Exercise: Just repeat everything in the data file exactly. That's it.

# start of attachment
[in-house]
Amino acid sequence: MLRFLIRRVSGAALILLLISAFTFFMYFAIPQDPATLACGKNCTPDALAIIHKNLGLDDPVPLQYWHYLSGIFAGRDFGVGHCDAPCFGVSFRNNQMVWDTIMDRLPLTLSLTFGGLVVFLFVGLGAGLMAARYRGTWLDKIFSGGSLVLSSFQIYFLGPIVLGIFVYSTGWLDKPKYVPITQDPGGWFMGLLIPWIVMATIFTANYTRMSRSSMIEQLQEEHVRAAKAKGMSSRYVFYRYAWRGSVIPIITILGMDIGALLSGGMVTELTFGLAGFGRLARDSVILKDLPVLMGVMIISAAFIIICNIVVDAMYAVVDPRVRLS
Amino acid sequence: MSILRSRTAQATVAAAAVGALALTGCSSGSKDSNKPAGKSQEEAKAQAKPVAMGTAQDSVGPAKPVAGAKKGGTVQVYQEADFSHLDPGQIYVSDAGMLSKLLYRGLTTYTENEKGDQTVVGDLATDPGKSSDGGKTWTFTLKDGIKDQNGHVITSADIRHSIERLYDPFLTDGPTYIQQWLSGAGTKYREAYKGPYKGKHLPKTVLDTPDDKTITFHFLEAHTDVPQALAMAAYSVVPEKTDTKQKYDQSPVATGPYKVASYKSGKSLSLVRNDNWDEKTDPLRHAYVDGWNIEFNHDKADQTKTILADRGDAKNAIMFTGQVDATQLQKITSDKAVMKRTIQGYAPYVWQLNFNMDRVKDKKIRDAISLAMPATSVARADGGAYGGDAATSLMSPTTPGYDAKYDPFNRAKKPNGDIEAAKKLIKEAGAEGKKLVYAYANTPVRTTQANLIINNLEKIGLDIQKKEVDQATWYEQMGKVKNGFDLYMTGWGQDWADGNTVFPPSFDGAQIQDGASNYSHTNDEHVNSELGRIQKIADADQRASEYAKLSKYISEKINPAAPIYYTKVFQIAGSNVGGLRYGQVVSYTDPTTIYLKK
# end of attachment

[in-house]
Amino acid sequence: MLRFLIRRVSGAALILLLISAFTFFMYFAIPQDPATLACGKNCTPDALAIIHKNLGLDDPVPLQYWHYLSGIFAGRDFGVGHCDAPCFGVSFRNNQMVWDTIMDRLPLTLSLTFGGLVVFLFVGLGAGLMAARYRGTWLDKIFSGGSLVLSSFQIYFLGPIVLGIFVYSTGWLDKPKYVPITQDPGGWFMGLLIPWIVMATIFTANYTRMSRSSMIEQLQEEHVRAAKAKGMSSRYVFYRYAWRGSVIPIITILGMDIGALLSGGMVTELTFGLAGFGRLARDSVILKDLPVLMGVMIISAAFIIICNIVVDAMYAVVDPRVRLS
Amino acid sequence: MSILRSRTAQATVAAAAVGALALTGCSSGSKDSNKPAGKSQEEAKAQAKPVAMGTAQDSVGPAKPVAGAKKGGTVQVYQEADFSHLDPGQIYVSDAGMLSKLLYRGLTTYTENEKGDQTVVGDLATDPGKSSDGGKTWTFTLKDGIKDQNGHVITSADIRHSIERLYDPFLTDGPTYIQQWLSGAGTKYREAYKGPYKGKHLPKTVLDTPDDKTITFHFLEAHTDVPQALAMAAYSVVPEKTDTKQKYDQSPVATGPYKVASYKSGKSLSLVRNDNWDEKTDPLRHAYVDGWNIEFNHDKADQTKTILADRGDAKNAIMFTGQVDATQLQKITSDKAVMKRTIQGYAPYVWQLNFNMDRVKDKKIRDAISLAMPATSVARADGGAYGGDAATSLMSPTTPGYDAKYDPFNRAKKPNGDIEAAKKLIKEAGAEGKKLVYAYANTPVRTTQANLIINNLEKIGLDIQKKEVDQATWYEQMGKVKNGFDLYMTGWGQDWADGNTVFPPSFDGAQIQDGASNYSHTNDEHVNSELGRIQKIADADQRASEYAKLSKYISEKINPAAPIYYTKVFQIAGSNVGGLRYGQVVSYTDPTTIYLKK